Listener explores the idea of a textile membrane that has an inherent capacity to sense and react to its surrounding. Collapsing the idea of the controlled and the controlling, Listener is the making of a material that has its own, autonomous, relationship to its environment. The textile is treated as a composite material that through its inherent conductivity allows for the passing of computational signals, but also through its exceptional structural strength, and through its treatment, gains new properties. Our interest is to look at the material cultures that the embedding of computational events address.

As architecture is introduced to ever smarter materials that are conductive, can phase shift or otherwise include computationally steered events, we are entering a radical rethinking of our material culture. Slowwork, teastyle bamboo collection by jeff da-yu shi of dragonfly. Building Bytes 3D printed bricks by Brian Peters at Dutch Design Week. Dutch Design Week: architect Brian Peters has adapted a desktop 3D printer to produce ceramic bricks for building architectural structures (+ movie).

Building Bytes 3D printed bricks by Brian Peters at Dutch Design Week

"I've been working with desktop 3D printers for the past couple of years and wanted to transform the machine to build something on a larger, more architectural scale," Peters told Dezeen. A 6-week residency at the European Ceramic Work Centre in the south of the Netherlands provided him with the opportunity to experiment with printing ceramics from a liquid earthenware recipe normally used in mould-making. The only modification required for the printer was the addition of a custom extrusion head.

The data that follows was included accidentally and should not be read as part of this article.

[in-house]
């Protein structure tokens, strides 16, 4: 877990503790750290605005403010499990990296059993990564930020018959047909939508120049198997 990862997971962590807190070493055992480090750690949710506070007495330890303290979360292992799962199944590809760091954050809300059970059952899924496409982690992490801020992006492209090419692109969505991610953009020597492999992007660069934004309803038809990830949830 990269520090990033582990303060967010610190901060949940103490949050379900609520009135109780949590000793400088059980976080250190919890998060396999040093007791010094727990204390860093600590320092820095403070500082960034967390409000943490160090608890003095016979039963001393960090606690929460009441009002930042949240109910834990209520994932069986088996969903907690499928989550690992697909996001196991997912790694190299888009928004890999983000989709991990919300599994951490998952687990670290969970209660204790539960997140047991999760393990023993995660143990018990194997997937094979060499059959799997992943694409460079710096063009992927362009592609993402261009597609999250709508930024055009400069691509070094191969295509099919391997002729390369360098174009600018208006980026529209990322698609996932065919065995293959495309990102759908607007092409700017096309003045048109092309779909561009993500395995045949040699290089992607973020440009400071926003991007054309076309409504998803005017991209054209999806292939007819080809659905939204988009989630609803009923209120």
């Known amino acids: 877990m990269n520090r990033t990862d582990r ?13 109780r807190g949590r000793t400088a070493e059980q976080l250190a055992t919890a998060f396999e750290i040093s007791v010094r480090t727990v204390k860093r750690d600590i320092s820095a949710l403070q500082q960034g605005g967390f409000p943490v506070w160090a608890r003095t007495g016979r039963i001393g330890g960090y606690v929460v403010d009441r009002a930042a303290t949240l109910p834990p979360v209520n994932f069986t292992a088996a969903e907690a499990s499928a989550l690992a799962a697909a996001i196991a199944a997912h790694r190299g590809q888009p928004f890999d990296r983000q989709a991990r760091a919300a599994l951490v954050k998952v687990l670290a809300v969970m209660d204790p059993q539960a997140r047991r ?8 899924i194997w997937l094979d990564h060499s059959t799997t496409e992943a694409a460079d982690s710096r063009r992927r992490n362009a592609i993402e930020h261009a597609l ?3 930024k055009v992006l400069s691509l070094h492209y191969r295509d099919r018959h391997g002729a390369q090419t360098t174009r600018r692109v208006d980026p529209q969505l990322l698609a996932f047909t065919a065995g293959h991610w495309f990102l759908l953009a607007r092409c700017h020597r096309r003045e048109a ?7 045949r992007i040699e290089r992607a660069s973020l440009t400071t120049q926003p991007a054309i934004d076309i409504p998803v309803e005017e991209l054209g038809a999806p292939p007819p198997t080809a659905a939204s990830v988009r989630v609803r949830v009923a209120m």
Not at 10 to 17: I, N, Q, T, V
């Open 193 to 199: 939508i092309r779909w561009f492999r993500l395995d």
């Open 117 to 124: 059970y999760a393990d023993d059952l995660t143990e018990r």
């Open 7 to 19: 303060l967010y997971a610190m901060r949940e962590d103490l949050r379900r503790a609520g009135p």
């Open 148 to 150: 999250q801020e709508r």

The resulting Building Bytes project predicts that 3D printers will become portable, inexpensive brick factories for large-scale construction. "You could have several of these machines working simultaneously on site using pre-made or locally manufactured material," he says. Kvadrat clouds, unique design, uniquely you - designed by Ronan and Erwan Bouroullec, presented by kvadrat.

Material Finding

Form FInding. 3D Modeling! Learn Stop Motion From a Master. TO EXIST IS TO RESIST. 01Low-tech is high-tech and high-tech is low-tech.


A plant is low-tech and high-tech at the same time, and so is a laptop. We cringe at the idea of measuring our success, as a society, by the number of laptops only and not the number of plants as well. As Jacques Ellul wrote in The Technological Society many years ago: the technical phenomenon can not be broken down in such a way as to retain the good and reject the bad. With most everyone these days caught in the illusion that a screen is high-tech and a plant is low-tech, and that high-tech is always better than low-tech, we believe that user-centered, context-centered and environment-centered are relevant tools in design because they are eminently human.

Our work and process relies as heavily on battery-powered stuff as it does on human-powered stuff. 02It’s all in the mix. We believe purists belong in another century. 03Resiliency saves the day (To Exist is To Resist). 04The new is always old, and viceversa. 05Keep low, keep moving. 1.